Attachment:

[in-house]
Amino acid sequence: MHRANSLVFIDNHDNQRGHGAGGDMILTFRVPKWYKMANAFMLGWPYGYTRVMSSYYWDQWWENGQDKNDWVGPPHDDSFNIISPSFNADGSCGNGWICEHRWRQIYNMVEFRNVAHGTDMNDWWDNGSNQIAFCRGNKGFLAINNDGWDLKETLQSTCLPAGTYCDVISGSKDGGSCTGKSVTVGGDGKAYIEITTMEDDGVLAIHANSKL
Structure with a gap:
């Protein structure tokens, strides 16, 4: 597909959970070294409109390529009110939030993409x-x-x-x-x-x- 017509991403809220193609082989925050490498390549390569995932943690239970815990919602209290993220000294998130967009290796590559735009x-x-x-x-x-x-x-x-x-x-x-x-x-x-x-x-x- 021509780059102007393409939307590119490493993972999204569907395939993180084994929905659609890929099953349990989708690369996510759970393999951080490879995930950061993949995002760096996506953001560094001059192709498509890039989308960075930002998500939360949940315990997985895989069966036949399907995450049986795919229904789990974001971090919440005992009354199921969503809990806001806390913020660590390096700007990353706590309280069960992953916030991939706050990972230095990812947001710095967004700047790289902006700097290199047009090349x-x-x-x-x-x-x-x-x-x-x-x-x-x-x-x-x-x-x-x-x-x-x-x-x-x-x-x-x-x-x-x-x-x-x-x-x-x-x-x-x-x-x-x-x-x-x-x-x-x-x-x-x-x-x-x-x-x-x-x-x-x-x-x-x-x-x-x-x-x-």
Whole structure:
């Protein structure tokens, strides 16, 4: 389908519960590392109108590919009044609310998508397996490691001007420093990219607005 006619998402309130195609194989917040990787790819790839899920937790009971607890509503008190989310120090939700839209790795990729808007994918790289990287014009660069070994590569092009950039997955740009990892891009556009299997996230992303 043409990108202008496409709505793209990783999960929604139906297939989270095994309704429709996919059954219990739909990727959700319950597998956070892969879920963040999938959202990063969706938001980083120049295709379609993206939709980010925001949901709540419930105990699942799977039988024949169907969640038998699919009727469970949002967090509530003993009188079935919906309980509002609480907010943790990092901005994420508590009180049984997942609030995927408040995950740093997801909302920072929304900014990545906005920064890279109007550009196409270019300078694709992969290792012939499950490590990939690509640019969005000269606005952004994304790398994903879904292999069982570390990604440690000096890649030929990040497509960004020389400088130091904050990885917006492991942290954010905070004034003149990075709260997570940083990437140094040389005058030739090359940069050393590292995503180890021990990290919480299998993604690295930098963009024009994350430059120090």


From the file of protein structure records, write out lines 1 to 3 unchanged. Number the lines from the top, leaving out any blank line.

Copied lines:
[in-house]
Amino acid sequence: MHRANSLVFIDNHDNQRGHGAGGDMILTFRVPKWYKMANAFMLGWPYGYTRVMSSYYWDQWWENGQDKNDWVGPPHDDSFNIISPSFNADGSCGNGWICEHRWRQIYNMVEFRNVAHGTDMNDWWDNGSNQIAFCRGNKGFLAINNDGWDLKETLQSTCLPAGTYCDVISGSKDGGSCTGKSVTVGGDGKAYIEITTMEDDGVLAIHANSKL
Structure with a gap: